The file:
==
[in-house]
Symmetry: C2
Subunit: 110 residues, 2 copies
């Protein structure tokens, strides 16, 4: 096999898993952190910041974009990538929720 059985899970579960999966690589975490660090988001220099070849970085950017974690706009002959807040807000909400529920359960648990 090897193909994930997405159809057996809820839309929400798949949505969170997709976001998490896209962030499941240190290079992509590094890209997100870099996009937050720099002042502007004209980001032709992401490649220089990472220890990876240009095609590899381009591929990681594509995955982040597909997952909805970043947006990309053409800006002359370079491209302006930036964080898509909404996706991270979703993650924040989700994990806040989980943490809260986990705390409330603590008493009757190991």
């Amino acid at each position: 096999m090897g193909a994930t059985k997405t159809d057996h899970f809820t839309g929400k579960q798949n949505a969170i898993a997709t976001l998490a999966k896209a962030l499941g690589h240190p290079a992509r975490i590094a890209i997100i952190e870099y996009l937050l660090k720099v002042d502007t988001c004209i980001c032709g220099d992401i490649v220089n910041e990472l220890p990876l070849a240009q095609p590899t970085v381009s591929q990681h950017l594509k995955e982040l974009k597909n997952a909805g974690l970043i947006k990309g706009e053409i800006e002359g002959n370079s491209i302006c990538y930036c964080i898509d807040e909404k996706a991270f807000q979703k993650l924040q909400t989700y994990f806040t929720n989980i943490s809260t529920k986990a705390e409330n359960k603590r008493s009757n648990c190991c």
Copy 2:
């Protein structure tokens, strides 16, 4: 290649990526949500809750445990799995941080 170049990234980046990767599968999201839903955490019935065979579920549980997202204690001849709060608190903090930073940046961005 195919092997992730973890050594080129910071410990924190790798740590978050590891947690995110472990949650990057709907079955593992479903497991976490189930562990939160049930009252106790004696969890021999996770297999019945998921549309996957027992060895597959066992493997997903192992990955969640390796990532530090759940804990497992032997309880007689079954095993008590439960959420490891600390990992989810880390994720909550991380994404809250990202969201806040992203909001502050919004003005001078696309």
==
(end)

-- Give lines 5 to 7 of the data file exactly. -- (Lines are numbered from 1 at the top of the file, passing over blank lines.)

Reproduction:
């Amino acid at each position: 096999m090897g193909a994930t059985k997405t159809d057996h899970f809820t839309g929400k579960q798949n949505a969170i898993a997709t976001l998490a999966k896209a962030l499941g690589h240190p290079a992509r975490i590094a890209i997100i952190e870099y996009l937050l660090k720099v002042d502007t988001c004209i980001c032709g220099d992401i490649v220089n910041e990472l220890p990876l070849a240009q095609p590899t970085v381009s591929q990681h950017l594509k995955e982040l974009k597909n997952a909805g974690l970043i947006k990309g706009e053409i800006e002359g002959n370079s491209i302006c990538y930036c964080i898509d807040e909404k996706a991270f807000q979703k993650l924040q909400t989700y994990f806040t929720n989980i943490s809260t529920k986990a705390e409330n359960k603590r008493s009757n648990c190991c």
Copy 2:
């Protein structure tokens, strides 16, 4: 290649990526949500809750445990799995941080 170049990234980046990767599968999201839903955490019935065979579920549980997202204690001849709060608190903090930073940046961005 195919092997992730973890050594080129910071410990924190790798740590978050590891947690995110472990949650990057709907079955593992479903497991976490189930562990939160049930009252106790004696969890021999996770297999019945998921549309996957027992060895597959066992493997997903192992990955969640390796990532530090759940804990497992032997309880007689079954095993008590439960959420490891600390990992989810880390994720909550991380994404809250990202969201806040992203909001502050919004003005001078696309």